I don't see the difference between DS nursing and rocking and singing to his dinosaurs or cars than doing it to a baby doll.

And we get that gay comment from my dad all the time when DS wants to wear my bracelets or carry my purse or wear my high heels (none of which I use anymore, so I'm glad they're getting some use).

I tend to be very blunt, so I probably would have just said, "That was a very inappropriate comment."
post #52 of 65
Wow, I so want to ask your friend's dh if he's gay. He's a father, after all, and he claims that men with babies are gay. And he clearly feels it's bad to be gay, which is probably why he's been hiding it for so long. Maybe he should get therapy?
post #53 of 65
Quote:
Originally Posted by musikat View Post
I am a lesbian and I LOVED dolls as a child. The frillier the better. I still have the doll collection my mom started for me. So what does that make me -- confused??
Well, I'm not a lesbian and I never cared for dolls as a kid. So I guess dolls just make people gay whether they're boys or girls?
post #54 of 65
People's ignorance is so infuriating to me. The whole boys have to wear all blue and girls must wear all pink. Certain toys are only designated for one gender or the other. Boys must have short hair. The whole thing is an outrage to me. My DS has a baby doll too, by the way, and I think it's an important tool in learning how to be nurturing. He also plays with trains, cars, etc. My MIL had the nerve to make a comment about a little boy she knew who loved Barbies and I flat out told her "So what, it's just a damn toy." Colors, toys, etc. do not make people anything.
post #55 of 65
My little brother's comfort item was a Corolle doll with vinyl head, forearms, and lower legs and a cloth body. He carried it everywhere for so long that my mom had to make new bodies for it 4 or 5 times. He slept with it until he was about 10.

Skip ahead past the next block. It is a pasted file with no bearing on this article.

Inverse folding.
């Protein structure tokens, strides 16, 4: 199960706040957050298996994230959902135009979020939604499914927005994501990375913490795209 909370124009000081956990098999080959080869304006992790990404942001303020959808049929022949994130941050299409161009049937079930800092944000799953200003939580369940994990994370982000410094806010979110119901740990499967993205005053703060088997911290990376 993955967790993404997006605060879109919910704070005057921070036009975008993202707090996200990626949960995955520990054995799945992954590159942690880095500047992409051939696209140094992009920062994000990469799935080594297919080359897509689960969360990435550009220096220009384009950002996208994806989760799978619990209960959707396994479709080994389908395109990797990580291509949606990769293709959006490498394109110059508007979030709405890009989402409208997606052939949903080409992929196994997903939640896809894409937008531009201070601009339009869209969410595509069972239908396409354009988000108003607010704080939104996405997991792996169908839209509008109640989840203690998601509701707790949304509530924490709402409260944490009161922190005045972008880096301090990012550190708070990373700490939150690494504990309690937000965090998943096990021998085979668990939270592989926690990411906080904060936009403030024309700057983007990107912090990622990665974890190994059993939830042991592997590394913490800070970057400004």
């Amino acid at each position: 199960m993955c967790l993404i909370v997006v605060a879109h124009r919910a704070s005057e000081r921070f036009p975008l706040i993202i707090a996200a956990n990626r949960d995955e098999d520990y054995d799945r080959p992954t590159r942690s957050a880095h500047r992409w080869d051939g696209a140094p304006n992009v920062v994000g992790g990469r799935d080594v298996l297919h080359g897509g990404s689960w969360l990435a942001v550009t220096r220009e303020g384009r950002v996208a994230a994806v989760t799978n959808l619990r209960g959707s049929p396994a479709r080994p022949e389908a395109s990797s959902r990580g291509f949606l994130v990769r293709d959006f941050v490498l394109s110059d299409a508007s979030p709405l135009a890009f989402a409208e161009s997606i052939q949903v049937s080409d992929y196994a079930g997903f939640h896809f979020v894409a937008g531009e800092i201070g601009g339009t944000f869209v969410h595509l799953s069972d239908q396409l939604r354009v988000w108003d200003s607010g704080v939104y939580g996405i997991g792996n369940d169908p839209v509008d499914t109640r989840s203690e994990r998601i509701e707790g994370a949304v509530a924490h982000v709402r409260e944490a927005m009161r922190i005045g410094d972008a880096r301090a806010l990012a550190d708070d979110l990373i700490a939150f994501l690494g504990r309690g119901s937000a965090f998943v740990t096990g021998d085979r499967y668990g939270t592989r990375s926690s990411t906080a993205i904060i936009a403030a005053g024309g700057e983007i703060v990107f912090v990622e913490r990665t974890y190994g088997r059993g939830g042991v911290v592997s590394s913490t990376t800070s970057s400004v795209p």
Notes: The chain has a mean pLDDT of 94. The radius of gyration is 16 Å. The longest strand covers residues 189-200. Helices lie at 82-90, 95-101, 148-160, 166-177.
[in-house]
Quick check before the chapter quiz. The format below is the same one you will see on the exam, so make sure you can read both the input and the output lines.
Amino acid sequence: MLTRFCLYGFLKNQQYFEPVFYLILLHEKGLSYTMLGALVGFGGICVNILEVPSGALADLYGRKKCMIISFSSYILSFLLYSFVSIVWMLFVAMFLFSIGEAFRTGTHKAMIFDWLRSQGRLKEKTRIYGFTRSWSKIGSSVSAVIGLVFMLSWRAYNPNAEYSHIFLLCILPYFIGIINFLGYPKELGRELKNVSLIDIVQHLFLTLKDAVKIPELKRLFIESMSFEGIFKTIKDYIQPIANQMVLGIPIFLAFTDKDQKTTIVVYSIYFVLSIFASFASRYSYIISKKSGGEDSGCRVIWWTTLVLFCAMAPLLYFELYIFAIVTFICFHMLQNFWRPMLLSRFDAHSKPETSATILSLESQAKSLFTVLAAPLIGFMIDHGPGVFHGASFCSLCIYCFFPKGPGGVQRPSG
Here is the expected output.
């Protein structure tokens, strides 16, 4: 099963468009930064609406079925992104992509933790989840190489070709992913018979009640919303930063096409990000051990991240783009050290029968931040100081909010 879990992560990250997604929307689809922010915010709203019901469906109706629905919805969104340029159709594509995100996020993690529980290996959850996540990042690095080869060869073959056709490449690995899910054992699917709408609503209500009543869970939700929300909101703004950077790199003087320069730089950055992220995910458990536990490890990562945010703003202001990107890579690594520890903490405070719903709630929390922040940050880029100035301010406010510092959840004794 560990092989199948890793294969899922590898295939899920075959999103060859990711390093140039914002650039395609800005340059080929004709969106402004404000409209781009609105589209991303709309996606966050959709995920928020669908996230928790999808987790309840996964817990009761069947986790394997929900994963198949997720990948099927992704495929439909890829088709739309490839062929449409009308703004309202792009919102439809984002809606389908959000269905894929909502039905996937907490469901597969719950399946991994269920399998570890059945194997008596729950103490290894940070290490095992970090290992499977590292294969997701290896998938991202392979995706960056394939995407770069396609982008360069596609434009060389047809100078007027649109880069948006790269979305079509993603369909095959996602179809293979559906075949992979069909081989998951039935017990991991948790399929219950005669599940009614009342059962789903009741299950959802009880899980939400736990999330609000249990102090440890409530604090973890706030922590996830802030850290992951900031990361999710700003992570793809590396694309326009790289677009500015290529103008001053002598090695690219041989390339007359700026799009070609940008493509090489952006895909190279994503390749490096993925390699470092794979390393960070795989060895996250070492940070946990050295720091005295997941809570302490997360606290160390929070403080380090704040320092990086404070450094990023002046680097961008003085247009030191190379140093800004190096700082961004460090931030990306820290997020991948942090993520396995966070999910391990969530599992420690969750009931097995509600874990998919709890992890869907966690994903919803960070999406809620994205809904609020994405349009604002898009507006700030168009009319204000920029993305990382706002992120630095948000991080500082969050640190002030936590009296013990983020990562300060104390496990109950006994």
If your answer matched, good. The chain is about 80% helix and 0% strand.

People thought it was weird and said he'd be gay. My mom would reply that "that's the goal!" and they would laugh uncomfortably. Mom's plan didn't work out and my brother is now a big, bearded manly man who decidedly loves women.

I want to get DS a doll and I think he should have one. If anyone says anything about it I will either point out the logical fallacy of the statement or ignore them completely. I tend to think that people's stupidity doesn't deserve a whole lot of my time or effort.

to you, OP. You're a good mama.
post #56 of 65
This is an awesome book. Get it at the library some time.

William's Doll by Charlotte Zolotow

Here's a line to try if you don't particularly want to be offensive back: Why does he have a doll? He's practicing being a daddy.
post #57 of 65
OP, if it makes you feel any better...

My 3-month-old son just discovered the first toy he's really interested in, and it's a girl baby doll with pink flowery clothes on and a pink flowery hat, holding a pink star that lights up and plays lullabies when you squeeze her hand. He is so delighted by it and laughs and smiles and coos at her. I love it. I hope my son grows up to be sensitive and interested in babies, gay or straight!
post #58 of 65
my 5 year old has a baby he loves loves loves. when he was 3 and found out he wouldn't be able to actually make milk for his real life babies, he was mad! lol

as for boy dolls... are you looking for baby baby dolls, or just boy dolls. my three youngest have "little friends" by nova toys. they are perfect size for little kids to carry around, fit great in a sling and they have boys and girls and they are fairly cheap. those dolls hold up well to lots of little boy play and love.

h
post #59 of 65
My uncle was the youngest child with two slightly older sisters. He spent the first several years of his life with longer hair, dressing up in dresses, playing with baby dolls, etc. He's been married for 25 years and has 9 children, so I guess my grandma managed to not properly gay-ify him.

I HATE gender stereotypes, something I inherited from both of my grandmas. My cousin had a girl back in October, and my grandma sent me shopping for the baby shower with the explicit instructions for NO PINK! Impossible! After hours of searching, I managed to find three cute non-pink outfits. I later told my SIL (a very traditional, mainstream mom) that when I had babies someday, I was not going to dress my daughters in pink, save for maybe one or two outfits. My two favorite colors are purple and green. She said "Oh, but you'll want people to know your baby is a girl!" Uh...why? I know my baby is a girl. Does it even matter? I think when we're talking infants and young toddlers, gender doesn't mean anything. On the same note, I won't have those obnoxious "little man, tough guy, etc" type shirts for any sons. My poor sons will be hippies with long hair, baby dolls and purple clothes...it's all part of the master gay plan, right?
post #60 of 65
That makes no sense. Don't straight men have babies more often than gay men? I mean, they are more likely to breed, after all.